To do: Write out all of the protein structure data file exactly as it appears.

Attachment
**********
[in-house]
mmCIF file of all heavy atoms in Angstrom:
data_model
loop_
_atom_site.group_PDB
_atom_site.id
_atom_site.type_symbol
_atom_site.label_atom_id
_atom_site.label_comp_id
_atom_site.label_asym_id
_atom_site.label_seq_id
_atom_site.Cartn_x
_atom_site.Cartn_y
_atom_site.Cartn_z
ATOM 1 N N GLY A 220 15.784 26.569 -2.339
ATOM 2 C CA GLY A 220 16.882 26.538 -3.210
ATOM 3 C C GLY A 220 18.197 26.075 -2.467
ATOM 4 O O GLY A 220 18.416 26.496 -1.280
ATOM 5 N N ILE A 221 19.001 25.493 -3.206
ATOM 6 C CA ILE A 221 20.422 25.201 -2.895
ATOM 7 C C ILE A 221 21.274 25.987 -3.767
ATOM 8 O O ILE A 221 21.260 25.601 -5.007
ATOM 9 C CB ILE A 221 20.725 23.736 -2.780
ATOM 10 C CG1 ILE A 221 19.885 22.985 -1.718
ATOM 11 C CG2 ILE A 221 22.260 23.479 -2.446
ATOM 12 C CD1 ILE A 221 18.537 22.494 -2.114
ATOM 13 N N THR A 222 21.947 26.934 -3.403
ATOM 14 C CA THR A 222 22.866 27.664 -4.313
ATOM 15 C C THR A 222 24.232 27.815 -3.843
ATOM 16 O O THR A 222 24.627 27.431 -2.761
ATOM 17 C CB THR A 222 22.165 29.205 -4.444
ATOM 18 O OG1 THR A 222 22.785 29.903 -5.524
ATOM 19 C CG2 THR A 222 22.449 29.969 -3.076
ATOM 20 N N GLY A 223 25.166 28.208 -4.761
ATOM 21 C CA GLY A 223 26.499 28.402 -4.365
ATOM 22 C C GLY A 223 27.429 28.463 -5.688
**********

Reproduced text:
[in-house]
mmCIF file of all heavy atoms in Angstrom:
data_model
loop_
_atom_site.group_PDB
_atom_site.id
_atom_site.type_symbol
_atom_site.label_atom_id
_atom_site.label_comp_id
_atom_site.label_asym_id
_atom_site.label_seq_id
_atom_site.Cartn_x
_atom_site.Cartn_y
_atom_site.Cartn_z
ATOM 1 N N GLY A 220 15.784 26.569 -2.339
ATOM 2 C CA GLY A 220 16.882 26.538 -3.210
ATOM 3 C C GLY A 220 18.197 26.075 -2.467
ATOM 4 O O GLY A 220 18.416 26.496 -1.280
ATOM 5 N N ILE A 221 19.001 25.493 -3.206
ATOM 6 C CA ILE A 221 20.422 25.201 -2.895
ATOM 7 C C ILE A 221 21.274 25.987 -3.767
ATOM 8 O O ILE A 221 21.260 25.601 -5.007
ATOM 9 C CB ILE A 221 20.725 23.736 -2.780
ATOM 10 C CG1 ILE A 221 19.885 22.985 -1.718
ATOM 11 C CG2 ILE A 221 22.260 23.479 -2.446
ATOM 12 C CD1 ILE A 221 18.537 22.494 -2.114
ATOM 13 N N THR A 222 21.947 26.934 -3.403
ATOM 14 C CA THR A 222 22.866 27.664 -4.313
ATOM 15 C C THR A 222 24.232 27.815 -3.843
ATOM 16 O O THR A 222 24.627 27.431 -2.761
ATOM 17 C CB THR A 222 22.165 29.205 -4.444
ATOM 18 O OG1 THR A 222 22.785 29.903 -5.524
ATOM 19 C CG2 THR A 222 22.449 29.969 -3.076
ATOM 20 N N GLY A 223 25.166 28.208 -4.761
ATOM 21 C CA GLY A 223 26.499 28.402 -4.365
ATOM 22 C C GLY A 223 27.429 28.463 -5.688